Dynamic remodeling of the extracellular matrix affects many cellular processes, either directly or indirectly, through the regulation of soluble ligands; however, the mechanistic details of this process remain largely unknown. Here we propose that type I collagen remodeling regulates the receptor-binding activity of pigment epithelium-derived factor (PEDF), a widely expressed secreted glycoprotein that has multiple important biological functions in tissue and organ homeostasis. We determined the crystal structure of PEDF in complex with a disulfide cross-linked heterotrimeric collagen peptide, in which the α(I) chain segments-each containing the respective PEDF-binding region (residues 930 to 938)-are assembled with an α2α1α1 staggered configuration. The complex structure revealed that PEDF specifically interacts with a unique amphiphilic sequence, KGHRGFSGL, of the type I collagen α1 chain, with its proposed receptor-binding sites buried extensively. Molecular docking demonstrated that the PEDF-binding surface of type I collagen contains the cross-link-susceptible Lys930 residue of the α1 chain and provides a good foothold for stable dockingwith the α1(I) N-telopeptide of an adjacent triple helix in the fibril. Therefore, the binding surface is completely inaccessible if intermolecular crosslinking between two crosslink-susceptible lysyl residues, Lys9 in the N-telopeptide and Lys930, is present. These structural analyses demonstrate that PEDF molecules, once sequestered around newly synthesized pericellular collagen fibrils, are gradually liberated as collagen crosslinking increases, making them accessible for interaction with their target cell surface receptors in a spatiotemporally regulated manner.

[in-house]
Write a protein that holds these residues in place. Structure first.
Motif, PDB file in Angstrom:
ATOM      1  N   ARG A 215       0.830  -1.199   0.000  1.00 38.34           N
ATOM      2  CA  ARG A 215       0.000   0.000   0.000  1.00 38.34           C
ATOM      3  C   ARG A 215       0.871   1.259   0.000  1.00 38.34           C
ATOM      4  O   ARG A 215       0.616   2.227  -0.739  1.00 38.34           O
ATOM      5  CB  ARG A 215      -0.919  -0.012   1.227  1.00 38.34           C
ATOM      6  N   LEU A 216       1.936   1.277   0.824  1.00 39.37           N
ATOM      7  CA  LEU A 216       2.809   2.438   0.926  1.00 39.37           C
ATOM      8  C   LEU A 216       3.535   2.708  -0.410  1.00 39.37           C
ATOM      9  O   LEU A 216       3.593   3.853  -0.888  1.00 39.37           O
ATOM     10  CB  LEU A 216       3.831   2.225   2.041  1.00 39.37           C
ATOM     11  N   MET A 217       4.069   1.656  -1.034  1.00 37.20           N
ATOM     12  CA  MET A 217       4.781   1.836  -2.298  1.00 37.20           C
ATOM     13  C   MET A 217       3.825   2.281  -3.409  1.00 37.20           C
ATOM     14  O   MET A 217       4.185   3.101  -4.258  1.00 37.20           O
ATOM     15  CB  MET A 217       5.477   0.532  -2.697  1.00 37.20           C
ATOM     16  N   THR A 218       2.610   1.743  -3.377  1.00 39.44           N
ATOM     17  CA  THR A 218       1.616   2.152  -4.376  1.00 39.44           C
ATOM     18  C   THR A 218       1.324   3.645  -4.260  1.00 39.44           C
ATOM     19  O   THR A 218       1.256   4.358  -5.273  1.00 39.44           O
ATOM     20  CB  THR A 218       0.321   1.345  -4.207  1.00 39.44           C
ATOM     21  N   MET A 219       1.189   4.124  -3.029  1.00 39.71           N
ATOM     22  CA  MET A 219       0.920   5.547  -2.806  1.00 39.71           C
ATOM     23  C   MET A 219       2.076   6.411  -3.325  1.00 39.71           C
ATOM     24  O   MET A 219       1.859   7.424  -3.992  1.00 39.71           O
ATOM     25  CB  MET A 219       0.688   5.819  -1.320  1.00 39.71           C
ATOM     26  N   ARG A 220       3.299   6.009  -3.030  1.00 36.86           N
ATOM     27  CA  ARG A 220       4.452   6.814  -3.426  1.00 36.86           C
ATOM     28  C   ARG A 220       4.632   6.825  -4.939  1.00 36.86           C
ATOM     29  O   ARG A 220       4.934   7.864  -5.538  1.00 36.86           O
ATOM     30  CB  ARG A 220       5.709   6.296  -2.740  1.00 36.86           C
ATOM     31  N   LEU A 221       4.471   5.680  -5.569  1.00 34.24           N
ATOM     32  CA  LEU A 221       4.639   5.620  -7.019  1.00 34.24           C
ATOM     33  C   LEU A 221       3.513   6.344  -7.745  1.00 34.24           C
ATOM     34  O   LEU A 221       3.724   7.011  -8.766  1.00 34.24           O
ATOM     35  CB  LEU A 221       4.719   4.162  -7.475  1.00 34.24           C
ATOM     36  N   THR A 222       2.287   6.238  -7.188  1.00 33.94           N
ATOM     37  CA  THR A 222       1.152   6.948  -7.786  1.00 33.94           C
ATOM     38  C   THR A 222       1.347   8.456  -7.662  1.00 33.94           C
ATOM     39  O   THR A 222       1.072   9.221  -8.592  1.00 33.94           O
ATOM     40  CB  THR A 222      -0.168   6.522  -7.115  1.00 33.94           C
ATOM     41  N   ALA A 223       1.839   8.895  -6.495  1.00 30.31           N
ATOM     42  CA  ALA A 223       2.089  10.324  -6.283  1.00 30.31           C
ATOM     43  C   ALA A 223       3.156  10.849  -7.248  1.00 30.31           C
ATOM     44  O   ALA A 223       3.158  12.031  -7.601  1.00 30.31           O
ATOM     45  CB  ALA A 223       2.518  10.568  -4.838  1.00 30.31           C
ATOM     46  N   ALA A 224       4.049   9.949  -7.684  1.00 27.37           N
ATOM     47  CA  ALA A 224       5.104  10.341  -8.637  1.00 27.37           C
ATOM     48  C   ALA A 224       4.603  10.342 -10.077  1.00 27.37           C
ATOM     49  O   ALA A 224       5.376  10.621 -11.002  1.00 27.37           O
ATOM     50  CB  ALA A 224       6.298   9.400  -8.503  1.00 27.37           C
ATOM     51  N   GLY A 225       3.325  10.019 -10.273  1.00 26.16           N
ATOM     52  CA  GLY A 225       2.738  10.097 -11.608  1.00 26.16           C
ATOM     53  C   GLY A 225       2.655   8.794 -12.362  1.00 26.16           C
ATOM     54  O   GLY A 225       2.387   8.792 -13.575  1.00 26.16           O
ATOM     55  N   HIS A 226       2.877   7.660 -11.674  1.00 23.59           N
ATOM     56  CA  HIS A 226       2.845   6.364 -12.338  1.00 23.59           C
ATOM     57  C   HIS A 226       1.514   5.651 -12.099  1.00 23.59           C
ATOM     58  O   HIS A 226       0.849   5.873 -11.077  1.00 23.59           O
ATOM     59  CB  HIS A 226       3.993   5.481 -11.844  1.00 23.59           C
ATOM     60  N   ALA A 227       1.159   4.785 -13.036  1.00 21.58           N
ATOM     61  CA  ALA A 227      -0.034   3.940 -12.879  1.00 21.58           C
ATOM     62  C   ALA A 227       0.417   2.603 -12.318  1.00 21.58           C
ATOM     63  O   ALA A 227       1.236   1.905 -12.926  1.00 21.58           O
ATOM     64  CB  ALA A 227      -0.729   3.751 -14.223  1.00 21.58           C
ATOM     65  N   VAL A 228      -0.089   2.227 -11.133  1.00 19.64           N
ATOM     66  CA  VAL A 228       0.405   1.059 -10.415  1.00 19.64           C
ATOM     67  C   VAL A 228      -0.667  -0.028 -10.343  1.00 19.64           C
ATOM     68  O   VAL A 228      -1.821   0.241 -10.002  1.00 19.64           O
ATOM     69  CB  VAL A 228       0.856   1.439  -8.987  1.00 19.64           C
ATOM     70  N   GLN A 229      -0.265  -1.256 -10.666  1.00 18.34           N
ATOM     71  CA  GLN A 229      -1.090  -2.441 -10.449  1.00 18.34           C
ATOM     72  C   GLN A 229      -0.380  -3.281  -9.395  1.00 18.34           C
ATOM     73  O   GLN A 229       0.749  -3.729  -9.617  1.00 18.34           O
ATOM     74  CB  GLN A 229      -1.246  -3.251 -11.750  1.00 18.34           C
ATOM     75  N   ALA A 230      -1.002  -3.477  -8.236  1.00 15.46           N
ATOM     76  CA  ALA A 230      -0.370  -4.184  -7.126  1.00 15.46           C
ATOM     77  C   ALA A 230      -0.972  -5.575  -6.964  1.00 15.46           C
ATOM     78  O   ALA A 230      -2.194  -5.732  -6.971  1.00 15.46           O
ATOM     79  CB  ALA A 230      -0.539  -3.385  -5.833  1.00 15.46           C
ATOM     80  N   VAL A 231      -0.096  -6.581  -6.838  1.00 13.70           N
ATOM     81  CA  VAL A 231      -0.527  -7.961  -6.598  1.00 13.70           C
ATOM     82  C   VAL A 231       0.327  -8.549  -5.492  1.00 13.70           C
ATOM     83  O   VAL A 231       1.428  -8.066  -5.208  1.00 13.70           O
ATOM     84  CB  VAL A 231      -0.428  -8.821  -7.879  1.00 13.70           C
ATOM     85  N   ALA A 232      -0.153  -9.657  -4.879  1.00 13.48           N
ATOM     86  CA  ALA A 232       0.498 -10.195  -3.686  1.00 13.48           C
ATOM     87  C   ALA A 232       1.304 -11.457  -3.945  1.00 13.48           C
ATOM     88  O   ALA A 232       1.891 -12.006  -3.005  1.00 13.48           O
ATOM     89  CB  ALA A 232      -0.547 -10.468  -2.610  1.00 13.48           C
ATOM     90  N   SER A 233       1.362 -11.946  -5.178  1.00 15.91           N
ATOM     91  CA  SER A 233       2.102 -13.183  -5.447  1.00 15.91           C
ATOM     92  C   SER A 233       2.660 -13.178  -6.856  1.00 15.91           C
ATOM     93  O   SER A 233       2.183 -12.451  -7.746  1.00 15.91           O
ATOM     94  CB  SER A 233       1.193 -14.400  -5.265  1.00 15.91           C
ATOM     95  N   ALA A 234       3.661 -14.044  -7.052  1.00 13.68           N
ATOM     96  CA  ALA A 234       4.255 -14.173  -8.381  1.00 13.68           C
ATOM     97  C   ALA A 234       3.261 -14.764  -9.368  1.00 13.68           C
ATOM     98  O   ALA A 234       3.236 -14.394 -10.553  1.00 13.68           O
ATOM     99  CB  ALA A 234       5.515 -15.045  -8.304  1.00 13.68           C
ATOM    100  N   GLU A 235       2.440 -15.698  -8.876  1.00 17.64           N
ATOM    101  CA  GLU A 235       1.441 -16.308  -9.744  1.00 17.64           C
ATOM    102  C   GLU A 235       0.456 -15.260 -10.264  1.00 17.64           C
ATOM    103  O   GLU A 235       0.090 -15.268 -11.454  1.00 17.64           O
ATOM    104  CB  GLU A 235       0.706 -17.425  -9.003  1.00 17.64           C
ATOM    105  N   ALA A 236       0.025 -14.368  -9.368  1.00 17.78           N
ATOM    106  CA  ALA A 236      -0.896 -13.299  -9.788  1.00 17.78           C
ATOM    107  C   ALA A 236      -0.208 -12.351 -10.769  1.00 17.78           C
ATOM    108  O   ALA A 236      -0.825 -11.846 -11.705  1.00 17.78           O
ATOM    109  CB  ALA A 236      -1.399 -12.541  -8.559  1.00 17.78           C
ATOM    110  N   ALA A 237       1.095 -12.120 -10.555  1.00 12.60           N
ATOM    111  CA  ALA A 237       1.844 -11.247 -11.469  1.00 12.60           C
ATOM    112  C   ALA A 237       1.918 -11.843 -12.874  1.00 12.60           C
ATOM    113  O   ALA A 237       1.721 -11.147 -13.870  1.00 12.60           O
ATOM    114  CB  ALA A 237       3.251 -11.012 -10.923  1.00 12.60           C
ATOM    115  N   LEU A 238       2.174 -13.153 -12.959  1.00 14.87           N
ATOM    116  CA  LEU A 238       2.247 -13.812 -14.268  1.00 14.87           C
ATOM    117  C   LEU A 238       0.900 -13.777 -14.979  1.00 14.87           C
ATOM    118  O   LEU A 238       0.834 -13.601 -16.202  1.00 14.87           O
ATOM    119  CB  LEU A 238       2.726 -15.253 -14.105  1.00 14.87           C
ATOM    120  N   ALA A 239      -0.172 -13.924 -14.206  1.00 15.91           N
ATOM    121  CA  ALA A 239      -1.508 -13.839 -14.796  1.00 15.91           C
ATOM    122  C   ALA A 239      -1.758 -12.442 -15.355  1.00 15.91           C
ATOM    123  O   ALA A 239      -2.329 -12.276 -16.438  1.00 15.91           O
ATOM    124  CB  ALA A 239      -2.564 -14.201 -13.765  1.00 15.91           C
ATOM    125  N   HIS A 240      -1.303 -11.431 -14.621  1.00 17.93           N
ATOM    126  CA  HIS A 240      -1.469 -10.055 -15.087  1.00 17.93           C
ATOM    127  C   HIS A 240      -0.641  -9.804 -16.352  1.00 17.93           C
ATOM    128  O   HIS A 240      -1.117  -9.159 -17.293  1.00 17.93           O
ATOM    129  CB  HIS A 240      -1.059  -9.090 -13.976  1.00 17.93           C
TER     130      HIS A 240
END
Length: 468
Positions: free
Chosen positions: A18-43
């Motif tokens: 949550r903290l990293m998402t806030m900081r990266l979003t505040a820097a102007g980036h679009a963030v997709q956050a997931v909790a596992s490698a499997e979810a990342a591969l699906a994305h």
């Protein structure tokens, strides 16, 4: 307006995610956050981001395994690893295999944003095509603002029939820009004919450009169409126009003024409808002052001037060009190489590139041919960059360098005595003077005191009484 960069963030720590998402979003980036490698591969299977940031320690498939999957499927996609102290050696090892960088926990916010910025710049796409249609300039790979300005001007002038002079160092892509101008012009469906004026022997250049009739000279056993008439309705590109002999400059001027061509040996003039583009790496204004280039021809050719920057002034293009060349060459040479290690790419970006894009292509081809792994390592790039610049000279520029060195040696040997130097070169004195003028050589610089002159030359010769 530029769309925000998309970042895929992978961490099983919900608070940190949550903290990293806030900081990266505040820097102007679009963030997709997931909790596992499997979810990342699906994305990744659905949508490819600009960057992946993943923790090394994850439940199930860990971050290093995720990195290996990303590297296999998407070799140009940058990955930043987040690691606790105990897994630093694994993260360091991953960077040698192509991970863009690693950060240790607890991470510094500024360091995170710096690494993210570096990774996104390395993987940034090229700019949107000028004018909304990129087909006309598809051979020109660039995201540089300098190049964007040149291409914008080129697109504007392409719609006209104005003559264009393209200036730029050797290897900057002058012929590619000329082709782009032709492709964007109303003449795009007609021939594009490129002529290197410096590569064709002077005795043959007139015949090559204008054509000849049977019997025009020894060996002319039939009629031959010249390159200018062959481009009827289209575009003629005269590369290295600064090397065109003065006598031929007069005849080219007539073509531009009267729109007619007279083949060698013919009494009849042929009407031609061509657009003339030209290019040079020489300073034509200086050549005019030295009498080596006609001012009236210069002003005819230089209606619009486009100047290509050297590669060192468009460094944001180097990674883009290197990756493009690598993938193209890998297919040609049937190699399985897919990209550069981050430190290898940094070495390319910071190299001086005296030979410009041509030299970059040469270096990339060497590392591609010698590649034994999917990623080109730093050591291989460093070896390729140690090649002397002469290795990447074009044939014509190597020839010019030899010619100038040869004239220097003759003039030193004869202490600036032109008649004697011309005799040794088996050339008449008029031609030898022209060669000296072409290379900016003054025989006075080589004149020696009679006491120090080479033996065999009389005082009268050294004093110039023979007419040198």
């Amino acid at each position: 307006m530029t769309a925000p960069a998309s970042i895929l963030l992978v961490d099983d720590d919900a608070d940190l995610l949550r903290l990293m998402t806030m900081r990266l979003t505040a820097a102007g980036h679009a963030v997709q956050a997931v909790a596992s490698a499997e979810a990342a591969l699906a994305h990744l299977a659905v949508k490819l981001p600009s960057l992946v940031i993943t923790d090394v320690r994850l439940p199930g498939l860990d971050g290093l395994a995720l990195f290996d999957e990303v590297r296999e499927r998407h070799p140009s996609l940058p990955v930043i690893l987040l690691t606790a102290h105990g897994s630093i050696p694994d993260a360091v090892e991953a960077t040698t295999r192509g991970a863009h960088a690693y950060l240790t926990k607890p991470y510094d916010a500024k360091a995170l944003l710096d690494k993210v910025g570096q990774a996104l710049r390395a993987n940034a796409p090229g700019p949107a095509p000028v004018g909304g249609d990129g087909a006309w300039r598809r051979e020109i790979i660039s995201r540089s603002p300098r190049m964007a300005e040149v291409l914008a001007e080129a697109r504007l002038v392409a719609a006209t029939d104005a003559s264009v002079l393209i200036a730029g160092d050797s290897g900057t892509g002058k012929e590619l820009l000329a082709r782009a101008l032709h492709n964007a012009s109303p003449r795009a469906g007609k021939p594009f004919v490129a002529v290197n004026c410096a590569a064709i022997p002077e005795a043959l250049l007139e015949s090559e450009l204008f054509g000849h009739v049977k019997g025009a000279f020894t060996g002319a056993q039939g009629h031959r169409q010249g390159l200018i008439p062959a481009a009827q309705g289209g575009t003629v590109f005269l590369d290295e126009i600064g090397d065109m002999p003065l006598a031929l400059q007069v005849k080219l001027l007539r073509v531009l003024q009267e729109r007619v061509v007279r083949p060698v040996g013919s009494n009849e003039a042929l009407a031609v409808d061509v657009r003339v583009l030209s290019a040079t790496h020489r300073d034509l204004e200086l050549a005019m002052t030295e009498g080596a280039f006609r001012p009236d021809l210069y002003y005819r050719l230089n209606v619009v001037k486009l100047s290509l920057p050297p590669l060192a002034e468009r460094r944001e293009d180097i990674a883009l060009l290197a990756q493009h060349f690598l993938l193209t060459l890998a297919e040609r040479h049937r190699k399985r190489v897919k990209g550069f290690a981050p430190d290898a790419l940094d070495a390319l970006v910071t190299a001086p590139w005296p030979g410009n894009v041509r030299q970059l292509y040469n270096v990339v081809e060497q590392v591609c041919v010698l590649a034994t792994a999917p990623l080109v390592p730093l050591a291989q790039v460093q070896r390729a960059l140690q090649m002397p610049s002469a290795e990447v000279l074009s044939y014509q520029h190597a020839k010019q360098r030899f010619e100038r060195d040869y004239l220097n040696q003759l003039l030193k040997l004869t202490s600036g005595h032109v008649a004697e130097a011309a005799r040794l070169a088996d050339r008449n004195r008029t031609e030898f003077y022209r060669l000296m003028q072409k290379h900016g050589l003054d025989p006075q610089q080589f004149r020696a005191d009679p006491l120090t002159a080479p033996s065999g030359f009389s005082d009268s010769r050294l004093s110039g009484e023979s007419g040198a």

|Journal||Proceedings of the National Academy of Sciences of the United States of America|
|Publication status||Published - 2020 May 26|
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